Sexually Transmitted Disease or sexually transmitted infection happens in both men and women. In women, the most common way of passing sexually transmitted infection is through sexual intercourses, vaginal, oral and anal. For women, the most common symptom of sexually transmitted infections are itching of the private parts, rashes, having discharges and feeling pain on the genitals. When Sexually Transmitted Diseases are left untreated, it can develop into more serious health problems that can even lead to infertility. Women with Sexually Transmitted Disease are also at risk of developing cervical cancer due to exposure to Sexually Transmitted Diseases.

How to prevent Sexually Transmitted Diseases in women

There are three main ways for women to prevent having sexually transmitted infections:

Get tested. This is a very popular way of preventing the spread of sexually transmitted infection as well as for getting early treatment. Women who are sexually active or those who engage with multiple partners must be aware of the risk they are facing as well. If you are such, make sure to talk to your doctor and get tested on a regular basis. Pap smear is one of the best ways for women to prevent HPC infection and this should be done every year. If you notice anything unusual such as rashes or itchiness in your private parts, get tested for any Sexually Transmitted Diseases.

Do not have unprotected sex unless you are only doing it with one man. If you have a very active sexual life, then don’t do it without your partner wearing a condom. This is your only protection from any possible danger of getting a sexually transmitted infection. The fact is, a condom cannot fully protect you but it lessens the chance of you getting infected. It means that condoms can give a certain level of protection but it is not absolute – you still have to make sure that you are doing it with someone clean.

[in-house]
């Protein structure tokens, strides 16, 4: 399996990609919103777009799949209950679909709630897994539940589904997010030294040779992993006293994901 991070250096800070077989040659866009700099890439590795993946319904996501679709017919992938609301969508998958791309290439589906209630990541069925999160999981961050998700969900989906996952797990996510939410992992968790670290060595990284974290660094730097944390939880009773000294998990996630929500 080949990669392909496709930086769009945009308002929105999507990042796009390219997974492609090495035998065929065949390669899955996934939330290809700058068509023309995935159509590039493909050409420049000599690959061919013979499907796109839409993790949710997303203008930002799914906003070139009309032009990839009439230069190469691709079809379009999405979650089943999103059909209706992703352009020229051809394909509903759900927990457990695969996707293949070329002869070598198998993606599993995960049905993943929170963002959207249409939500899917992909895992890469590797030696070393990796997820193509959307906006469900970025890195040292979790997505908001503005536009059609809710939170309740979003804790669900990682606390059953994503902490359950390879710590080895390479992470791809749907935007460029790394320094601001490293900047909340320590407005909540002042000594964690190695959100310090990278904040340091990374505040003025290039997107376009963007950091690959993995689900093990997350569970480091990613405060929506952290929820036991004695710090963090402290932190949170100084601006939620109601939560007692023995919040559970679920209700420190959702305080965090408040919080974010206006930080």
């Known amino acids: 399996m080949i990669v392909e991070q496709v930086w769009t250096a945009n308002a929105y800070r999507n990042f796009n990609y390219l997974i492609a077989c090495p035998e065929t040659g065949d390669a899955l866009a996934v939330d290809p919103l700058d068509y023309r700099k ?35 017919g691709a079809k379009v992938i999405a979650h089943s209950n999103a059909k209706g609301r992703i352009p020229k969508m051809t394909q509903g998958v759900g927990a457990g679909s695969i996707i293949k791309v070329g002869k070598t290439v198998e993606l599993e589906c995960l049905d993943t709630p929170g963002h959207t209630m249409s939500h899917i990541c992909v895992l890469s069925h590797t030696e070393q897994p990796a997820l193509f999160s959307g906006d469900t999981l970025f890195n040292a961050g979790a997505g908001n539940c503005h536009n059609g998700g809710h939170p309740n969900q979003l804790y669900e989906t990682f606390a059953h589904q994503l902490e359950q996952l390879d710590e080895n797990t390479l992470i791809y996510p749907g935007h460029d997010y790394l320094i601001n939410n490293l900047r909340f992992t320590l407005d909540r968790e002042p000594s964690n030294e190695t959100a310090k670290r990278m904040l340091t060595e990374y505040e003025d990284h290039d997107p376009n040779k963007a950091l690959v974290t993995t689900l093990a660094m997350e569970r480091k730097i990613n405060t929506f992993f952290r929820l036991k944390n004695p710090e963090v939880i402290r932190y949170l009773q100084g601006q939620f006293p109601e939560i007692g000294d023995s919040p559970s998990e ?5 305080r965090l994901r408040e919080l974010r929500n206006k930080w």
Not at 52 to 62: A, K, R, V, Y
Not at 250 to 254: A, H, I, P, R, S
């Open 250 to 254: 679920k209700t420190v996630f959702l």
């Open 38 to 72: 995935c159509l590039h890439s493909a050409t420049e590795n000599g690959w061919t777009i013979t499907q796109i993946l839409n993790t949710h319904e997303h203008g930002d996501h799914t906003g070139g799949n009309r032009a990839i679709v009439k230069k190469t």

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Ask your partner. Talking to your sexual partner about their current health condition is healthier than assuming that he is clean and healthy. Talk to your partner before engaging. Also, have open communication with your doctor about what you are doing especially once symptoms started to appear.

Things to watch out for

Prevention is always better than cure, however, if you are already infected, early detection means a higher chance of being cured. Women at risk of getting a sexually transmitted infection must be aware of these symptoms in order to seek early medical attention.

  • Urination pattern changes and feeling pained when urinating
  • Unlikely discharges from your private genitals
  • Itchiness in the private genitals that are unexplained
  • Feeling pained when having sexual intercourse
  • Unexplained bleeding during sexual intercourse
  • Having unexplained rashes or sores in the genital parts

These symptoms often disappear in a day or week but beware, such symptoms can be an indication that something serious is developing. Seek medical attention immediately to prevent further damage to your health and reproductive system.